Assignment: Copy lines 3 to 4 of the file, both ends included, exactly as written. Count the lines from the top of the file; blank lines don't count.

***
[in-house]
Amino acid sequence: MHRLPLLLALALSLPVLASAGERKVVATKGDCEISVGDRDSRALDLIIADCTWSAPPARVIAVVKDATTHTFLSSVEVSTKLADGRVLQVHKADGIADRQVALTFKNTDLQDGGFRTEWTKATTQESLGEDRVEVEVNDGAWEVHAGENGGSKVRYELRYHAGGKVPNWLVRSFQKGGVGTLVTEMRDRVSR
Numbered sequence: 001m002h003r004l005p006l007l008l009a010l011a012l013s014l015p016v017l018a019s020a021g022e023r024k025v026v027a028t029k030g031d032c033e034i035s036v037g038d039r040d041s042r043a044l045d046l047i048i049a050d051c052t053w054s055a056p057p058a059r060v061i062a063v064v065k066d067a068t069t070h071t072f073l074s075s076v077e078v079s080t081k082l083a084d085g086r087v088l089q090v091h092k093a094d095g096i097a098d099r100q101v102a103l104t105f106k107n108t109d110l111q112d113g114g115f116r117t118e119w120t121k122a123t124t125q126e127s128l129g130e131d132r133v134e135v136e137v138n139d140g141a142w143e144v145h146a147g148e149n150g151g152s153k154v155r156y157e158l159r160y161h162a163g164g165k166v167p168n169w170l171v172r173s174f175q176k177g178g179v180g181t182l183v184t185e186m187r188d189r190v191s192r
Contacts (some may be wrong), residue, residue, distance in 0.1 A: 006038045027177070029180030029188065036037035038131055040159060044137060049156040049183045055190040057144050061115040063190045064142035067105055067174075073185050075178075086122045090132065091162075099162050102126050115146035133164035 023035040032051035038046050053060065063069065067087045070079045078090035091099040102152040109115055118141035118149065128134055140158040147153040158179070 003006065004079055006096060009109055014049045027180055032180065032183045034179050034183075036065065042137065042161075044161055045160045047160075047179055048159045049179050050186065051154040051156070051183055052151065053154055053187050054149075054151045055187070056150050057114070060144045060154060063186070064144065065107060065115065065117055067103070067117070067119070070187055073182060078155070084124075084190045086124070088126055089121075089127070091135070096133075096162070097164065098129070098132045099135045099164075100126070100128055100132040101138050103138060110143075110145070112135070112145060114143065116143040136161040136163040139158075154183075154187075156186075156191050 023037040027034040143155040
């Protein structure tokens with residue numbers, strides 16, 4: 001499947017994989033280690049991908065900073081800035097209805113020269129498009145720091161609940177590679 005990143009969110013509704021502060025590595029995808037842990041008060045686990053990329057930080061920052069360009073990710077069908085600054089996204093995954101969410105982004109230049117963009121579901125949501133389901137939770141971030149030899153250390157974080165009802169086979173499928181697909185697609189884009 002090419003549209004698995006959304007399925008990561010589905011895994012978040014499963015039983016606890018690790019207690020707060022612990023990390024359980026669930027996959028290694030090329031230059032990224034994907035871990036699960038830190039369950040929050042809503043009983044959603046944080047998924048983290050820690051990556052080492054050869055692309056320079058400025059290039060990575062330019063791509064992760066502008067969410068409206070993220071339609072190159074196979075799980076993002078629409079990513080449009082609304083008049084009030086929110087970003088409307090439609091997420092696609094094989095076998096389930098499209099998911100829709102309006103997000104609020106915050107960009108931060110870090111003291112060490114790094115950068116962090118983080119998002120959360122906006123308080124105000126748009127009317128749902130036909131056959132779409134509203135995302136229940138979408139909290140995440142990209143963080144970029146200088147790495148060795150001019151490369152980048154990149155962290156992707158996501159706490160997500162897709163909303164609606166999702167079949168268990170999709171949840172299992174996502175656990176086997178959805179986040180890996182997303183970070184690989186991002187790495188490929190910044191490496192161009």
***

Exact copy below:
Numbered sequence: 001m002h003r004l005p006l007l008l009a010l011a012l013s014l015p016v017l018a019s020a021g022e023r024k025v026v027a028t029k030g031d032c033e034i035s036v037g038d039r040d041s042r043a044l045d046l047i048i049a050d051c052t053w054s055a056p057p058a059r060v061i062a063v064v065k066d067a068t069t070h071t072f073l074s075s076v077e078v079s080t081k082l083a084d085g086r087v088l089q090v091h092k093a094d095g096i097a098d099r100q101v102a103l104t105f106k107n108t109d110l111q112d113g114g115f116r117t118e119w120t121k122a123t124t125q126e127s128l129g130e131d132r133v134e135v136e137v138n139d140g141a142w143e144v145h146a147g148e149n150g151g152s153k154v155r156y157e158l159r160y161h162a163g164g165k166v167p168n169w170l171v172r173s174f175q176k177g178g179v180g181t182l183v184t185e186m187r188d189r190v191s192r
Contacts (some may be wrong), residue, residue, distance in 0.1 A: 006038045027177070029180030029188065036037035038131055040159060044137060049156040049183045055190040057144050061115040063190045064142035067105055067174075073185050075178075086122045090132065091162075099162050102126050115146035133164035 023035040032051035038046050053060065063069065067087045070079045078090035091099040102152040109115055118141035118149065128134055140158040147153040158179070 003006065004079055006096060009109055014049045027180055032180065032183045034179050034183075036065065042137065042161075044161055045160045047160075047179055048159045049179050050186065051154040051156070051183055052151065053154055053187050054149075054151045055187070056150050057114070060144045060154060063186070064144065065107060065115065065117055067103070067117070067119070070187055073182060078155070084124075084190045086124070088126055089121075089127070091135070096133075096162070097164065098129070098132045099135045099164075100126070100128055100132040101138050103138060110143075110145070112135070112145060114143065116143040136161040136163040139158075154183075154187075156186075156191050 023037040027034040143155040